Conclusion:The Real Computer RevolutionWecan take this example a step farther. From various perspectives, people havebeen drawntocompare the computer to the automobile.One has to wonder about an article onsoftware engineering that envisions progress on an industrial model and usesphotographs taken from the Great Depression. Apple, Atari, and others haveboasted of creating the Model T of microcomputers, clearly intending to conveythe image of a car in every garage, an automobile that everyone could drive, amachine that reshaped American life. The software engineers who solicit theimage of mass production have it inseparably linked in their minds to theautomobile and its interchangeable variations on a standard theme.
The twoanalogies serve different aims within the computer industry, the first lookingto the microcomputer as an object of mass consumption, the second to softwaresystems as objects of mass production. But they share the vision of a society absolutelyaltered by a new technology. Beneath the comparison lies the conviction thatthe computer is bringing about a revolution as profound as that triggered bythe automobile.
The comparison between the machines is fascinating in itself.Just how does one weigh the PC against the PT. Question is deeper than that.What would it mean for a microcomputer to play the role of the Model T indetermining new social, economic, and political patterns? The historical termin that comparison is not the Model T, but Middletown (Lynd and Lynd 1929),where in less than forty years “high-speed steel and Ford cars” hadradically changed the nature of work and the lives of the workers.
Where is theMiddletown of today, similarly transformed by the presence of themicrocomputer? Where would one look? How would one identify the changes? What patternsof social and intellectual behavior mark such transformation? In short, howdoes one compare technological societies? That is one of the “bigquestions” for historians of technology, and it is only in the context ofthe history of technology that it will be answered for the computer. From thevery beginning, the computer has borne the label “revolutionary”.Even as the first commercial machines were being delivered, commentators wereextolling or fretting over the radical changes the widespread use of computerswould entail, and few doubted their use would be widespread. The computerdirected people’s eyes toward the future, and a few thousand bytes of memoryseemed space enough for the solution of almost any problem. On that bothenthusiasts and critics could agree. Computing meant unprecedented power forscience, industry, and business, and with the power came difficulties anddangers that seemed equally unprecedented.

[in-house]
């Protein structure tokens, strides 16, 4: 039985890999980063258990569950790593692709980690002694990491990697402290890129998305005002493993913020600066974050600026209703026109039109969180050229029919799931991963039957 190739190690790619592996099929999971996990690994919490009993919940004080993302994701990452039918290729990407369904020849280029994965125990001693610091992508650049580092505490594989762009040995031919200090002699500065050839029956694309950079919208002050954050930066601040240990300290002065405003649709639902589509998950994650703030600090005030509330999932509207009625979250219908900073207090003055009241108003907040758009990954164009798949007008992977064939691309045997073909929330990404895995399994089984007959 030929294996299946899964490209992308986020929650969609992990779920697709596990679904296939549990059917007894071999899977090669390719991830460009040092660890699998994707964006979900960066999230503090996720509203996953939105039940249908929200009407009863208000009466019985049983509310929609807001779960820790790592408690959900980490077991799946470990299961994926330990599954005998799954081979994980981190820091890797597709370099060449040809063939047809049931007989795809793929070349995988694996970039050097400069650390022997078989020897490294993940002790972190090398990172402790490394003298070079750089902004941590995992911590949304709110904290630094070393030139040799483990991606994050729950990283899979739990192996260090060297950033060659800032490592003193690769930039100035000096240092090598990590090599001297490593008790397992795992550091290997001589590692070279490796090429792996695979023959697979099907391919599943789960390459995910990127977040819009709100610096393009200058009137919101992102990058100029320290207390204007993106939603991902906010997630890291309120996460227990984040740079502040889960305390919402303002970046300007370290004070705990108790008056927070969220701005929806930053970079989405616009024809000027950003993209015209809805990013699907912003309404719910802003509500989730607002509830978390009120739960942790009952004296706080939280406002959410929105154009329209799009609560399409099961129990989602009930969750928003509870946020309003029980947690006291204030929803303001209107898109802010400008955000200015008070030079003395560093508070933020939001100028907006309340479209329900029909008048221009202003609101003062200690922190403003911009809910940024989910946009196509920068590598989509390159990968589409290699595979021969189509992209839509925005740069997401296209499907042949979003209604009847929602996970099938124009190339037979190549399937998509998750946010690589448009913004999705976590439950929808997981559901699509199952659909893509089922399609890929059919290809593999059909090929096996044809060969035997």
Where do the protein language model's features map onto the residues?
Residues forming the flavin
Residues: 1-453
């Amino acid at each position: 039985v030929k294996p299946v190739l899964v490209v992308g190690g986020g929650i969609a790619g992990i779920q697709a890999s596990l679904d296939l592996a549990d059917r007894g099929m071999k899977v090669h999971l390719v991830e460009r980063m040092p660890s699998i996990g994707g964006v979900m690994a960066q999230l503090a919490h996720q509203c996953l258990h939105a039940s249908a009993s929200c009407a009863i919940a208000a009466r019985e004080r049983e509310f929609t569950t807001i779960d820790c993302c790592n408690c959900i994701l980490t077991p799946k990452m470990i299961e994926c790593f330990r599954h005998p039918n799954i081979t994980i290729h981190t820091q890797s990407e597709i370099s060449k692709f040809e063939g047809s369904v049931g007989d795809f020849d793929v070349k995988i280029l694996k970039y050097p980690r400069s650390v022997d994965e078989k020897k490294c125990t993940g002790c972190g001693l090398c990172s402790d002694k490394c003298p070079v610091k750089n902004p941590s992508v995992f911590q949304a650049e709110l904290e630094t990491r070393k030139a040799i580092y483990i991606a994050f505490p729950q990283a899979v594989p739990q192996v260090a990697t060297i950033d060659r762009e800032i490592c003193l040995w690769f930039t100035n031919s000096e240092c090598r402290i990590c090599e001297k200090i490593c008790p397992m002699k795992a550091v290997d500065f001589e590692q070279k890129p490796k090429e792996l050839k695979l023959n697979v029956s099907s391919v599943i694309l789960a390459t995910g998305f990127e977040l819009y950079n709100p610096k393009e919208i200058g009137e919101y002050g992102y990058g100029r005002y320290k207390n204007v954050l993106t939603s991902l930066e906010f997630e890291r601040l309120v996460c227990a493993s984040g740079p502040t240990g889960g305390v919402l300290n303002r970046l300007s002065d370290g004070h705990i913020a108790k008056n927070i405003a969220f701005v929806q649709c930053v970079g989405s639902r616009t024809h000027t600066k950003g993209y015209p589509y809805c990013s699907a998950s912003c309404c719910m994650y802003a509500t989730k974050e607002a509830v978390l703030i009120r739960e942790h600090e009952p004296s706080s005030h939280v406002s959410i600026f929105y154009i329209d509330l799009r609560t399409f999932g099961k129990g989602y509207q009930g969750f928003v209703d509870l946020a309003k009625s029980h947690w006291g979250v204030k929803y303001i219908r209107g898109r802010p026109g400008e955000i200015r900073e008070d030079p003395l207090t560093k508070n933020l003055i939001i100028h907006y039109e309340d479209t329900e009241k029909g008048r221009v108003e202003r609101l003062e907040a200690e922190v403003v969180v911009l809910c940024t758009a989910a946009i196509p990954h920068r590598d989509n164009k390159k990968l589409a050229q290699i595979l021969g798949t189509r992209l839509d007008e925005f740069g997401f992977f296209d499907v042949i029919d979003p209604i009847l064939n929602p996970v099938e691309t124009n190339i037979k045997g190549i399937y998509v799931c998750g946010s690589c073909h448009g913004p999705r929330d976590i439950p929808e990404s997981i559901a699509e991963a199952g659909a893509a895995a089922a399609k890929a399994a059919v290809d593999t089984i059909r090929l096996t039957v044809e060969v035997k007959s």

By its nature as well as by itsyouth, the computer appeared to have no history. Yet, “revolution” isan essentially historical concept . Even when turning things on their head, onecan only define what is new by what is old, and innovation, howeverimaginative, can only proceed from what exists. The computer had a history outof which it transpire as a new device, and computing took shape from other,continuing activities, each with its own historical momentum.
As the world ofthe computer acquired its own form, it remained submerged in the worlds of science,technology, industry, and business which structured computing even as theychanged in response to it. In doing so they linked the history of computing totheir own histories, which in turn demonstrate the presence of a fundamentallynew resource.